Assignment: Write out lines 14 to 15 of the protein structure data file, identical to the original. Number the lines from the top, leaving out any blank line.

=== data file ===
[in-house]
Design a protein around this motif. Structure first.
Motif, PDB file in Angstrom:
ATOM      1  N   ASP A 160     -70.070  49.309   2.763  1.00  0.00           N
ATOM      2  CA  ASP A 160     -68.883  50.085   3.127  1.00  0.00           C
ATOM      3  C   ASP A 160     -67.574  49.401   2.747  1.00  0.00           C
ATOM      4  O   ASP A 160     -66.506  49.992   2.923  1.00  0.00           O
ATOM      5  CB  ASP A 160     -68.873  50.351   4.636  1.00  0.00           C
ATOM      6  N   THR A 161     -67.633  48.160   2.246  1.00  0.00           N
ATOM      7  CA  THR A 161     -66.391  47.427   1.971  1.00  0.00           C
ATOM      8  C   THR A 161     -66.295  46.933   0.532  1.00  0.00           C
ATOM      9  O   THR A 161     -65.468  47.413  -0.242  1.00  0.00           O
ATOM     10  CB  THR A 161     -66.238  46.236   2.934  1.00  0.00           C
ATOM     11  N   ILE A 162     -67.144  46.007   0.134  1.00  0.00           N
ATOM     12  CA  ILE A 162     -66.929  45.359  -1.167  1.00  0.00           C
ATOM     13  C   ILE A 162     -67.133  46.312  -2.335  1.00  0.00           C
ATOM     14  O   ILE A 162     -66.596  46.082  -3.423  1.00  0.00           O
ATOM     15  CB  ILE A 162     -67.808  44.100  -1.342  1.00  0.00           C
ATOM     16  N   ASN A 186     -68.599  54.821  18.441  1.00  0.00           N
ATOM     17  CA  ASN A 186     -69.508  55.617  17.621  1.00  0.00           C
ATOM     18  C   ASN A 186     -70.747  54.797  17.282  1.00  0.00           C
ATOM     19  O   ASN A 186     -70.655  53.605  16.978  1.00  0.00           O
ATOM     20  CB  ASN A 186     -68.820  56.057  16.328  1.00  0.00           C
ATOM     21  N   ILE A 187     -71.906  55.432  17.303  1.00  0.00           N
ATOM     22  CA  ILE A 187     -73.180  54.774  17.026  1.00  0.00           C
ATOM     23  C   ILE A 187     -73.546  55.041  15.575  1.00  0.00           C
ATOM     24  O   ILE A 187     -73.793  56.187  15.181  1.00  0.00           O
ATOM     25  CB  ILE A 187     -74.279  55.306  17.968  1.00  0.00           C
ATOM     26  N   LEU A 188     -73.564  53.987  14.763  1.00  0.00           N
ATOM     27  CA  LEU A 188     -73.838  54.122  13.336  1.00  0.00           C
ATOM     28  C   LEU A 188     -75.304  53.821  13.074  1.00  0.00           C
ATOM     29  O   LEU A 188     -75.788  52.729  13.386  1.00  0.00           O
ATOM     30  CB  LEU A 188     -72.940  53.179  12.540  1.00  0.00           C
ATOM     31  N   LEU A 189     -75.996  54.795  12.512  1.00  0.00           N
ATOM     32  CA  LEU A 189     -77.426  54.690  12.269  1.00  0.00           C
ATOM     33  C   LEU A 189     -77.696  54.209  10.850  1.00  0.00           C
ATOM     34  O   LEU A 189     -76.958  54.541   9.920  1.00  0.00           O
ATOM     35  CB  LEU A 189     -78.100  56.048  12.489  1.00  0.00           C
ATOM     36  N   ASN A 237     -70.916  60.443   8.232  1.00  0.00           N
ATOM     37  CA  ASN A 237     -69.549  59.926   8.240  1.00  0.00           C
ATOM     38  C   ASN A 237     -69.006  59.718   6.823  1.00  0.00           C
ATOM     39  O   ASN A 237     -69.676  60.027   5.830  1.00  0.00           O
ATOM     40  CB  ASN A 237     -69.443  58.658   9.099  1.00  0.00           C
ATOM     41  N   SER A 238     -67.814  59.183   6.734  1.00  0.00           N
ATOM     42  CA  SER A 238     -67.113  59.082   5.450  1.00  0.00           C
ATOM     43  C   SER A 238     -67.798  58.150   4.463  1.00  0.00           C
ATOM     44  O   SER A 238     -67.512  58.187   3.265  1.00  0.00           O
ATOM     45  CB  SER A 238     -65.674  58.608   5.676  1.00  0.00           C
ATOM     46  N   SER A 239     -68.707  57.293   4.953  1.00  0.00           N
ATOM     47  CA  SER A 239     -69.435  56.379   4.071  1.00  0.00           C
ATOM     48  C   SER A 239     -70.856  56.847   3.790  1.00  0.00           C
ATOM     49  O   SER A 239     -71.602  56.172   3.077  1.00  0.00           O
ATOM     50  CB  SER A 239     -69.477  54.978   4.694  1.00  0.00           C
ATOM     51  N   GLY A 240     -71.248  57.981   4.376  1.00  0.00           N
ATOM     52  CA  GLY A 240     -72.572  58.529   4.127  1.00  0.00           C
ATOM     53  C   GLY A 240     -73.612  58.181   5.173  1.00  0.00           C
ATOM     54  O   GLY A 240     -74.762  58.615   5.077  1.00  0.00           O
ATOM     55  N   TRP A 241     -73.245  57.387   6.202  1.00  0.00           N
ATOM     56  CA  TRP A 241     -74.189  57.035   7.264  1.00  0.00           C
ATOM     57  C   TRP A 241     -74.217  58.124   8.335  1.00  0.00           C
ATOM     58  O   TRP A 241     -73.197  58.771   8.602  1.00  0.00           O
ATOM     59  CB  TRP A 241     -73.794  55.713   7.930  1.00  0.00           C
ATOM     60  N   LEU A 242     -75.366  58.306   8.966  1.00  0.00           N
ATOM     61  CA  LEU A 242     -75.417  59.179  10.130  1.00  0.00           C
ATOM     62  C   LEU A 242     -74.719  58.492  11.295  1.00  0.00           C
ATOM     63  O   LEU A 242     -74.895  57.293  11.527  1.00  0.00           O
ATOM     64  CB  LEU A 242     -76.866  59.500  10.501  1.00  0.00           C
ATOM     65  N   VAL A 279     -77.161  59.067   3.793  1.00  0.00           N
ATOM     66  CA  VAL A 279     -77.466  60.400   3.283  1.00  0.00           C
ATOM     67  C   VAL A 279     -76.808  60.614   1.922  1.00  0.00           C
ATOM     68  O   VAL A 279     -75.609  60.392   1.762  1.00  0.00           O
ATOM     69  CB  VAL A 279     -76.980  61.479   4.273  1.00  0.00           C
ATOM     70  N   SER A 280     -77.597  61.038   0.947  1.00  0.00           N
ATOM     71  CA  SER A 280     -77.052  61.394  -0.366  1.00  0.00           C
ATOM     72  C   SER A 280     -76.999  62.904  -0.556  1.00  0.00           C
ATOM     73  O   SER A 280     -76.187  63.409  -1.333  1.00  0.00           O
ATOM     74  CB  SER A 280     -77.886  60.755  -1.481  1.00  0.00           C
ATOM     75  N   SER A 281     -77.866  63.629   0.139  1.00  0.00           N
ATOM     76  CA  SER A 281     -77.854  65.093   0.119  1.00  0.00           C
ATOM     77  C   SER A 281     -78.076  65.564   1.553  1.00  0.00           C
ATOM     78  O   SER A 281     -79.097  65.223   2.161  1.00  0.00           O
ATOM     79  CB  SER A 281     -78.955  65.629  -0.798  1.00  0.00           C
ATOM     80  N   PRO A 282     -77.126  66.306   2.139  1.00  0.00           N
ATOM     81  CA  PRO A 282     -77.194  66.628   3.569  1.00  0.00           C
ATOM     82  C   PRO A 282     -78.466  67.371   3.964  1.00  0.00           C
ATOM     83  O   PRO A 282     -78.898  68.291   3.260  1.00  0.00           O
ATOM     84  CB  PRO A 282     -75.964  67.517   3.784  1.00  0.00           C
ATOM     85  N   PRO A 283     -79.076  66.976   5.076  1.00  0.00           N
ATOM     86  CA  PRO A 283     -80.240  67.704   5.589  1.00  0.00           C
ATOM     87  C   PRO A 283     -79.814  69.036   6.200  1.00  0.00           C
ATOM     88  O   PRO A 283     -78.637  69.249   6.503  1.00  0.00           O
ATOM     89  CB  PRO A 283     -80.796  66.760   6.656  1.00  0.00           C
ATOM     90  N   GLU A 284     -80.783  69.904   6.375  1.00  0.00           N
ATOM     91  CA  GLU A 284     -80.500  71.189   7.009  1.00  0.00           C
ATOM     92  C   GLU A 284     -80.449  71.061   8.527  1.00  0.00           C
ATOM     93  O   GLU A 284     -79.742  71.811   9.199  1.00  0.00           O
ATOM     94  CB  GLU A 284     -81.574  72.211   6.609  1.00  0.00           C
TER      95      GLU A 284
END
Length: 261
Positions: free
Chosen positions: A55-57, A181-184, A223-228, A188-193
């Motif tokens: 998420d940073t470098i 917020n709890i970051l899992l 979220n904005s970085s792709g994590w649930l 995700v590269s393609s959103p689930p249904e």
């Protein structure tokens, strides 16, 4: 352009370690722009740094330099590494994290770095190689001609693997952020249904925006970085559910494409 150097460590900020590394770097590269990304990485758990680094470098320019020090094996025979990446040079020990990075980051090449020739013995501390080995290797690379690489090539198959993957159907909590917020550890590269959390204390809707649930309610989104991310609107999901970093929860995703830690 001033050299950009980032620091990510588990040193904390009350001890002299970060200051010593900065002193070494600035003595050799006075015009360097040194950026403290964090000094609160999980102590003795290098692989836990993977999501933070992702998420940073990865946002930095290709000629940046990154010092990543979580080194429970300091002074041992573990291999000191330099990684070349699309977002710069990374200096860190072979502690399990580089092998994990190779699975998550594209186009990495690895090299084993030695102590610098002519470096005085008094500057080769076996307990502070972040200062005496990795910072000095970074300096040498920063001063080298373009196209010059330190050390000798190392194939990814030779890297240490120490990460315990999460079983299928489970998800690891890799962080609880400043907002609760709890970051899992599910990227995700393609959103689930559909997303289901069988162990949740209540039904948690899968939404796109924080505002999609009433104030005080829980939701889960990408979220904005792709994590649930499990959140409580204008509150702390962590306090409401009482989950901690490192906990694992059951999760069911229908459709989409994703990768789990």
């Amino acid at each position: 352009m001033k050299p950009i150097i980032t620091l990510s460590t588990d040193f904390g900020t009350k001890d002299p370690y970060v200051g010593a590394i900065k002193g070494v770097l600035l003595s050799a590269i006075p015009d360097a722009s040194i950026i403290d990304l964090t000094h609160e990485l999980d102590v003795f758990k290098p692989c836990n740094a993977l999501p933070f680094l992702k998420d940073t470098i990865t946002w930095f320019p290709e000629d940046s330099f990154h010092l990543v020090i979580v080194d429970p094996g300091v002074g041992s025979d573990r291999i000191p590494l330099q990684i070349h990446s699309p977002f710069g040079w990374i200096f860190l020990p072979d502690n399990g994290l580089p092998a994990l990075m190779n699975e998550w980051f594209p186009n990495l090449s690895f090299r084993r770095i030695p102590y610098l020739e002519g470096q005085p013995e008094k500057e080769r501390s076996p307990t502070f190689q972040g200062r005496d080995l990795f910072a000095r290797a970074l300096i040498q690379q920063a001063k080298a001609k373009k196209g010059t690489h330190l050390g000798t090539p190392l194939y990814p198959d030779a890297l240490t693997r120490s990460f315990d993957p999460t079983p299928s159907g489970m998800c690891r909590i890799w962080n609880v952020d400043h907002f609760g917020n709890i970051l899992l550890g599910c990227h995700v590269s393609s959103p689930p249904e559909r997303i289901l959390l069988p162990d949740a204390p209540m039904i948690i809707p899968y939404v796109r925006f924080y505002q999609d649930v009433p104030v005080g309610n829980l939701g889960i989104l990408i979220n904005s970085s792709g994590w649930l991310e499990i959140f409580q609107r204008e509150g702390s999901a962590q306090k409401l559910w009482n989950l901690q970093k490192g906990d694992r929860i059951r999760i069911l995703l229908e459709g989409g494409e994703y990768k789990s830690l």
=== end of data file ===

ATOM     11  N   ILE A 162     -67.144  46.007   0.134  1.00  0.00           N
ATOM     12  CA  ILE A 162     -66.929  45.359  -1.167  1.00  0.00           C